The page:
Presented by: Jen Johnson, PhD
Working from home is something most educators don't want to do, but sometimes it's inevitable. One of the most common concerns I hear from teachers is how long they spend engaging in preparation at home. Whether it's writing lesson plans or IEPs, most teachers are working from home at least once a week.
As an educational psychologist that supports burnout reduction, my goal is to help educators engage in behaviors, routines, and strategies to help them reduce the stress associated with completing clerical tasks at home.
When I talk with teachers about their work from home habits, I hear a couple of patterns.
1) I feel guilty when I work from home because I'm not spending time with my family, but I also feel guilty if I don't work because the work has to get done.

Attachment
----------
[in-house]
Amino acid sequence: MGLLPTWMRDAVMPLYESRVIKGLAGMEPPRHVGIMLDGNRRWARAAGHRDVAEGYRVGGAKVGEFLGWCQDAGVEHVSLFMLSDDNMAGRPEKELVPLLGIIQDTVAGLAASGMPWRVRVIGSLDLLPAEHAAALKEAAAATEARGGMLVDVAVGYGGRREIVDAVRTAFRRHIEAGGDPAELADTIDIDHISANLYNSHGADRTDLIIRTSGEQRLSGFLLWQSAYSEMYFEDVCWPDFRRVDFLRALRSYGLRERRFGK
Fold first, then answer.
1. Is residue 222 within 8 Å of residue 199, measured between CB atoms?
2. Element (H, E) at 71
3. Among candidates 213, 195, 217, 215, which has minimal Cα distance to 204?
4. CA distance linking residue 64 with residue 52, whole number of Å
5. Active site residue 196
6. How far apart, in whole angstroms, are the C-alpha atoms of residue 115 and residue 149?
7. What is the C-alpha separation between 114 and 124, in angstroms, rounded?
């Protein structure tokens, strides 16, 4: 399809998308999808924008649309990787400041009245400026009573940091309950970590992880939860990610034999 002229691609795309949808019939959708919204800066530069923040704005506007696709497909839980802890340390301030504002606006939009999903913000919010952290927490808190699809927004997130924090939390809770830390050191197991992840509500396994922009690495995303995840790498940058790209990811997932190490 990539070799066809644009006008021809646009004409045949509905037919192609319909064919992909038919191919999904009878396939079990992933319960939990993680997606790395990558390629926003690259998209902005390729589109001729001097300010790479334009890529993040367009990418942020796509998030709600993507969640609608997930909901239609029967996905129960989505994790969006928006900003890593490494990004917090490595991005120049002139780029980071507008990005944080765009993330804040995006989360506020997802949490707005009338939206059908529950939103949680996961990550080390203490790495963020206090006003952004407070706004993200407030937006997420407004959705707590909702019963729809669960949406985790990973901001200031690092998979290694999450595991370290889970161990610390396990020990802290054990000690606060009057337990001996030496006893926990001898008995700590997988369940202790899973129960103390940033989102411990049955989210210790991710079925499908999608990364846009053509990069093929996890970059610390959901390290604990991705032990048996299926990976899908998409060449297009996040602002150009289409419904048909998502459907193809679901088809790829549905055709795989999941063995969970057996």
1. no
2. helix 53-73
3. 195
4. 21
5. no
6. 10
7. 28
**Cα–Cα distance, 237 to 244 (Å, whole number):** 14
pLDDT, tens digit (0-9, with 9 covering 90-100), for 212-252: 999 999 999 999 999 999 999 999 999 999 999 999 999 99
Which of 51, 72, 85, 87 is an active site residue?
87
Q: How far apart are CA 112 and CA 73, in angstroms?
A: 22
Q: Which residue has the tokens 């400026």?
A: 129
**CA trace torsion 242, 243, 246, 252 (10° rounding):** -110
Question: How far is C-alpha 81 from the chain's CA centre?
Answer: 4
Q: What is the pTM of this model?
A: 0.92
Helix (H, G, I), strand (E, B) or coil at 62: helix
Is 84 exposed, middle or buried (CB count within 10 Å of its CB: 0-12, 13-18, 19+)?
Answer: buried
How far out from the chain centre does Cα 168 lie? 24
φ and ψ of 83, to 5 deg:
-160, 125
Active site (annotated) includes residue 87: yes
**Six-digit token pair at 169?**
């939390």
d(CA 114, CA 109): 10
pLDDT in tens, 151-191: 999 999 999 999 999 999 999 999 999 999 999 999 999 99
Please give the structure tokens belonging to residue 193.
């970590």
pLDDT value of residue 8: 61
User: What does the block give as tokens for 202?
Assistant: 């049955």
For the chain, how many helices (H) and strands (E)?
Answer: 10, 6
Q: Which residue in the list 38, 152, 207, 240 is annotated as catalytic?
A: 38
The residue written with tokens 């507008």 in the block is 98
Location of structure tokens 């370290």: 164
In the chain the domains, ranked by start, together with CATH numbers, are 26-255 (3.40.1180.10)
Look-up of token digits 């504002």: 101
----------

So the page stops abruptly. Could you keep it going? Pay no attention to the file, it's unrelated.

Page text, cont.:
2) I try to multitask while I work on the weekends. Sometimes that looks like work + Netflix or work + kid's soccer game, etc.
We know based on the research that multitasking increases stress and the...
We're slowly marching towards winter break and holidays, and I'm hearing from all directions (teachers, kids, and parents) that it's tough out there. Even my clients who have been pretty steady in their burnout recovery are hard core implementing their recovery plans right now.
I see you. You don't know how much longer you can keep doing this. Something has to change.
Let's chat about that.
A couple of weeks ago, we talked about how the first step to burnout recovery is exactly that....one step.
To recap, here's what we discussed:
1. Read through the burnout recovery pillars.
Tend to self-care
Harness social support
Recharge through detachment
Ignite compassion satisfaction
Vow to honor your humanness
2. Pick one for now.
3. Do one practice this week that addresses one pillar.
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